Another reason I partition like this is because (1) It is easier to defrag and clean up a smaller partition. Have you ever tried to debug or disk scan a TB?! (2) You can get improved performance if you separate your OS system from your application system. It is possible to do this by stashing your programs on a separate physical disk and your operating system on another physical disk. The OS is always being used, but if you have your programs being read and written to on a separate drive, then you're not using the same disk heads to do the reading and writing. I would love to get myself a solid state drive to put my OS on (no moving parts!) and then put my applications on a good fast SATA drive (or another SSD, but they're not cheap or that large for cheap, yet). Frankly, I think it would be easier to set up such a system on Linux than it would be on Windows, but it really comes down to how comfortable one is messing with their Registry; that is the heart of a Windows system (you can reassign your program files and default install location, among many other things).
 
#49
Thanks bryangoodrich and everyone else. Understanding the partition was quite helpful, I hadn't read up on partitioning much. I'm just going with dual boot for now since I know at some point I'll need some windows applications.

Dason since your in a stats program do you use a lot of windows? Also how well does libre or open office sub for excel? Or do you really even use any excel in grad school. Sorry for the basic questions!

Lastly, anyone like the new 11.04 dist of Ubuntu?
 

Dason

Ambassador to the humans
#50
I don't touch windows if I don't have to. Luckily for me that means I don't have to go around windows very often. But like I said before there was a program I needed to use on Friday that was Windows only so I was happy to at least have access to a windows machine.

Open office subs just fine for excel in most cases (in my opinion) but I don't necessarily think it subs the best for microsoft word in all situations. It really depends on what is in the documents though. I don't really deal too often with word documents so I'm thankful for that as well. If I do I typically just load up one of the terminal servers and print the document off and then don't deal with it anymore.

I typically convert excel workbooks into csv files as soon as I get them because it just makes my life easier doing that.

I tried 11.04 out (it was actually part of the rant that I lost a few posts ago) but meh. I'm sticking with 10.04 for the time being. I'm not a huge fan of the unity interface. When it's time to upgrade I'll probably just use xfce. Unity gets in my way and I wasn't completely satisfied with gnome-shell (and since Ubuntu decided to go ahead with Gnome3/gnomeshell it looks like my preferred gnome2 interface will be gone).
 
#51
Thanks Dason. So in you graduate work are you not really usisng excel except to create data sets? It's pretty much all the statistics software packages at that point?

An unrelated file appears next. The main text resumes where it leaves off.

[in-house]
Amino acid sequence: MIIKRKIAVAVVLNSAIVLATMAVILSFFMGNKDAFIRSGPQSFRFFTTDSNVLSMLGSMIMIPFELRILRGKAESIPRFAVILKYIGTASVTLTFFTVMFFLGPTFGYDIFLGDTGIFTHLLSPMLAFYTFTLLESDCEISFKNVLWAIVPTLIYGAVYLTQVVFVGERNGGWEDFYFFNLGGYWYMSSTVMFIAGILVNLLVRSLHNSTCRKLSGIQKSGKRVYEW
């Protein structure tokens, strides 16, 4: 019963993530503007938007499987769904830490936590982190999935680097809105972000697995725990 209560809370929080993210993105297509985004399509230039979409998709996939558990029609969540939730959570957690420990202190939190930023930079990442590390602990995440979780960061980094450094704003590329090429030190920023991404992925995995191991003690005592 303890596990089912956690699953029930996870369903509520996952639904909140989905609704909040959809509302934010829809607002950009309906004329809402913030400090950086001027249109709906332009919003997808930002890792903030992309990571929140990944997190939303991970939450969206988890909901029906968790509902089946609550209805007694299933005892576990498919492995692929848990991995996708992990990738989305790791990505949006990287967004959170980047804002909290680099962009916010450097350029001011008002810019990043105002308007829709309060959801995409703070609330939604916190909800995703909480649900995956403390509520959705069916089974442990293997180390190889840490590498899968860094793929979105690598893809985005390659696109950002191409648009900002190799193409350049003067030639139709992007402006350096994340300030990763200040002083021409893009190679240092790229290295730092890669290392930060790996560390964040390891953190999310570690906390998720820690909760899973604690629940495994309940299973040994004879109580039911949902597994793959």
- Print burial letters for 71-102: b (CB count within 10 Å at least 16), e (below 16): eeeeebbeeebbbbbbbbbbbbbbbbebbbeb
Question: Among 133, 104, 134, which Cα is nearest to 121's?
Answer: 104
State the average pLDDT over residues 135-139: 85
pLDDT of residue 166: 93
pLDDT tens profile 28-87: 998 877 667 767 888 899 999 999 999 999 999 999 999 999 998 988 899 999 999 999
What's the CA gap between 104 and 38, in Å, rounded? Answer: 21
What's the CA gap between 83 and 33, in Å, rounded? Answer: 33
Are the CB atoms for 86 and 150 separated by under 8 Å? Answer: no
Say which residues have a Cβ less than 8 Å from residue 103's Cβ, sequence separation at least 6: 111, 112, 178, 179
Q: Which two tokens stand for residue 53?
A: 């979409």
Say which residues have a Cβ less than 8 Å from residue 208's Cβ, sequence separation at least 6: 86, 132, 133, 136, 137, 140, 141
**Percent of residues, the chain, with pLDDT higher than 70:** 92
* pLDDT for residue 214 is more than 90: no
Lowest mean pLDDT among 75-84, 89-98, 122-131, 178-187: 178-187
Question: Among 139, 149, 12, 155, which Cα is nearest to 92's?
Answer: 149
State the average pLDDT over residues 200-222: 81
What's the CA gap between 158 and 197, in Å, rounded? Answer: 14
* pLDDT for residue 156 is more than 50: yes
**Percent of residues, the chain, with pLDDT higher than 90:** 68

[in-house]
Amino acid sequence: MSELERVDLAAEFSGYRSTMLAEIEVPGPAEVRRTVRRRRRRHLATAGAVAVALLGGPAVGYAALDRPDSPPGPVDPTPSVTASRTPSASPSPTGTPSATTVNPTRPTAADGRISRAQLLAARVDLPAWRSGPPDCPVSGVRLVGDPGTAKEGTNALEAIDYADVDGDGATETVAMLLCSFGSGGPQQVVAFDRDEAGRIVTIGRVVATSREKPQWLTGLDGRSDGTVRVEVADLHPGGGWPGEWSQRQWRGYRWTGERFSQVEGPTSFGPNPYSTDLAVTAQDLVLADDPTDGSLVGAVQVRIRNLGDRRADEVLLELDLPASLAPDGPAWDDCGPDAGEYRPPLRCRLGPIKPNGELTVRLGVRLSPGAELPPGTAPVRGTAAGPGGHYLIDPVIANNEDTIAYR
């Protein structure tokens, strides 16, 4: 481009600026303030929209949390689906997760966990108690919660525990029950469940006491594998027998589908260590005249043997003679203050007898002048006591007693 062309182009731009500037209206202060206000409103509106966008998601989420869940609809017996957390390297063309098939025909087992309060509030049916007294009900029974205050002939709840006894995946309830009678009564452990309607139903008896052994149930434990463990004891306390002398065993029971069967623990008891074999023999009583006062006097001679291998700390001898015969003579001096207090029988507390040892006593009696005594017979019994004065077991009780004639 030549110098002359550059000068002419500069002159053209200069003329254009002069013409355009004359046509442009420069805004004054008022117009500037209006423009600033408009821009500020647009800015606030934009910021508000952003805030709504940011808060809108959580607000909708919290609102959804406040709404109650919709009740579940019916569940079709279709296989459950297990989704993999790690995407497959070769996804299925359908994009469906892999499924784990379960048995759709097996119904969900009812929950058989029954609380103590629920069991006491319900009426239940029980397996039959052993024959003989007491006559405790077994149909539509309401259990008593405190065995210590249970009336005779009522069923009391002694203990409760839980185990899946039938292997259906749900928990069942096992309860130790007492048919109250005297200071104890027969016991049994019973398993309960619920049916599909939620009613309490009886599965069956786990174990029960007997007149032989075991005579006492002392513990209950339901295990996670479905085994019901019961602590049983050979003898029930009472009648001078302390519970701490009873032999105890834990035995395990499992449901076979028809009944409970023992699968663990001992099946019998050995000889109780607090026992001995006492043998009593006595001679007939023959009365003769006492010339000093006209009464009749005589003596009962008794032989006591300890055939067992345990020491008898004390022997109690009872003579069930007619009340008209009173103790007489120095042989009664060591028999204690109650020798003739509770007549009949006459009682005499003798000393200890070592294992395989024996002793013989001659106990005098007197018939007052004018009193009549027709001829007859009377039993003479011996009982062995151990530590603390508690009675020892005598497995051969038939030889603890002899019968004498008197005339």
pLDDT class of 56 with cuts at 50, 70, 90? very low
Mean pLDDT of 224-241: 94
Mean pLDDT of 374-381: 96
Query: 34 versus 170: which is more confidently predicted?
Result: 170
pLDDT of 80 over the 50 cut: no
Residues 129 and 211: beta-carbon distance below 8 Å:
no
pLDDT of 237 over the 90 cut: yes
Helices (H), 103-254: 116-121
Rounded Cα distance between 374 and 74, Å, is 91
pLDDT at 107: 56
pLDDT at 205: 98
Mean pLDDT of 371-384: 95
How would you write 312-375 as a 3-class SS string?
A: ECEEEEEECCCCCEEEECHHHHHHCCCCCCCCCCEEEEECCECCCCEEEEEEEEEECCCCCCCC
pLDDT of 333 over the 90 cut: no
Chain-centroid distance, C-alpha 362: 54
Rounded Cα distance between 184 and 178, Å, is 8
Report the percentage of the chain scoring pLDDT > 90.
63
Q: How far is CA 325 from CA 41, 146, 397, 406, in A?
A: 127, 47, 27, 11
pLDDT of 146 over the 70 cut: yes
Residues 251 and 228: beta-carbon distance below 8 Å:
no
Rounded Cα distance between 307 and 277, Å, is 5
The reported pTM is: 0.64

Thanks for all your contributions to the site!
 

bryangoodrich

Probably A Mammal
#52
So what's this 11.04 interface?? I think the last one I used was around 9-10. I thought the interface was generally good. I don't recall if I ever got xfce up, but it was a bit old school if I recall, like Windows 95. It's just clunky lol

When it comes to excel, I always turn them into csv or tab delimited (my preference, since even one comma in a field will screw it all up!!). I find it unfortunate that a lot of data users rely on Excel for all their data organization and often analysis needs. Don't get me wrong, I think Excel offers a lot, but when it comes to the "hard core" data management and analysis we ought to be dealing with, Excel is just horrible. Stick it into a database already! Or, shockingly, keep it in an ASCII file like csv or txt. Now that I'm comfortable dealing with nothing but R at work, I often just clean up my datasets and keep them as R binary (save) files. Very quick storage, lightweight, and easy to get back into R. I'm contemplating using SQLite databases, too, but since I can literally just save an entire R environment into a binary file, there's really no point to even needing a relational database unless there's some relationships that need to be maintained that you might not want to recreate in R (say, using factors and labels, which essentially is a look-up table).
 

Dason

Ambassador to the humans
#57
Ubuntu 11.10 came out yesterday. I've been playing around with it and it's actually pretty nice. I despised the Unity interface when Ubuntu 11.04 came out but they've actually made it usable this time around and is pretty nice.

With that being said I haven't been using Unity - they made it really nice and easy to get Gnome Shell running. I really like Gnome Shell and I find window management to be pretty nice. I'll always miss Gnome2 - so simple but perfectly usable but I think Gnome3 has been cleaned up enough and is pretty nice. Has anybody else given either Unity or Gnome Shell a try (doesn't necessarily have to be in Ubuntu - I know Fedora has had Gnome Shell for a while).
 

bryangoodrich

Probably A Mammal
#58
what?! Now I have to reformat my flash drive for this new release lol I am going to migrate my system to Ubuntu soon, but I'm still questioning if I should just get a new computer altogether. I also might need my ArcGIS that is only usable on Windows. I also want to work on some Matlab code, and I know I have an install for Windows. I don't know if I have one for Linux. I did a test run with Ubuntu 11.04, and I thought the interface was very intuitive and ran very smoothly on my work PC, much better than the last few times I tried it out (version 9, at least). That's the nice thing about having an OS on your flash drive. It is easy to try it before you "buy" it!
 

Dason

Ambassador to the humans
#59
That's one of the reasons I like the idea of a live cd. You can pop it into a computer and see if you have any driver issues or hardware incompatibilities and generally get a sense of if you like the OS or not.
 

vinux

Dark Knight
#60
Ubuntu 11.10 came out yesterday. I've been playing around with it and it's actually pretty nice. I despised the Unity interface when Ubuntu 11.04 came out but they've actually made it usable this time around and is pretty nice.

With that being said I haven't been using Unity - they made it really nice and easy to get Gnome Shell running. I really like Gnome Shell and I find window management to be pretty nice. I'll always miss Gnome2 - so simple but perfectly usable but I think Gnome3 has been cleaned up enough and is pretty nice. Has anybody else given either Unity or Gnome Shell a try (doesn't necessarily have to be in Ubuntu - I know Fedora has had Gnome Shell for a while).
Initially I didn't like unity. One reason was unity was overriding some of my shortcuts. But now I am comfortable with unity. Especially for a netbook( 11 inch) unity works well ( far better than ubuntu remix). Also searching also improved. Hope more nice features in 11.10.

Finally I have installed Arch Linux. It was fun. I struggled a bit to connect Wifi, then I missed dbus adding in rcconf... lot of issues. fortunately the archWiki was very helpful. I have installed GNOME3 in Arch and liked it. Also tried different window manager like openBox, Blackbox, Enlightment, KDE... etc.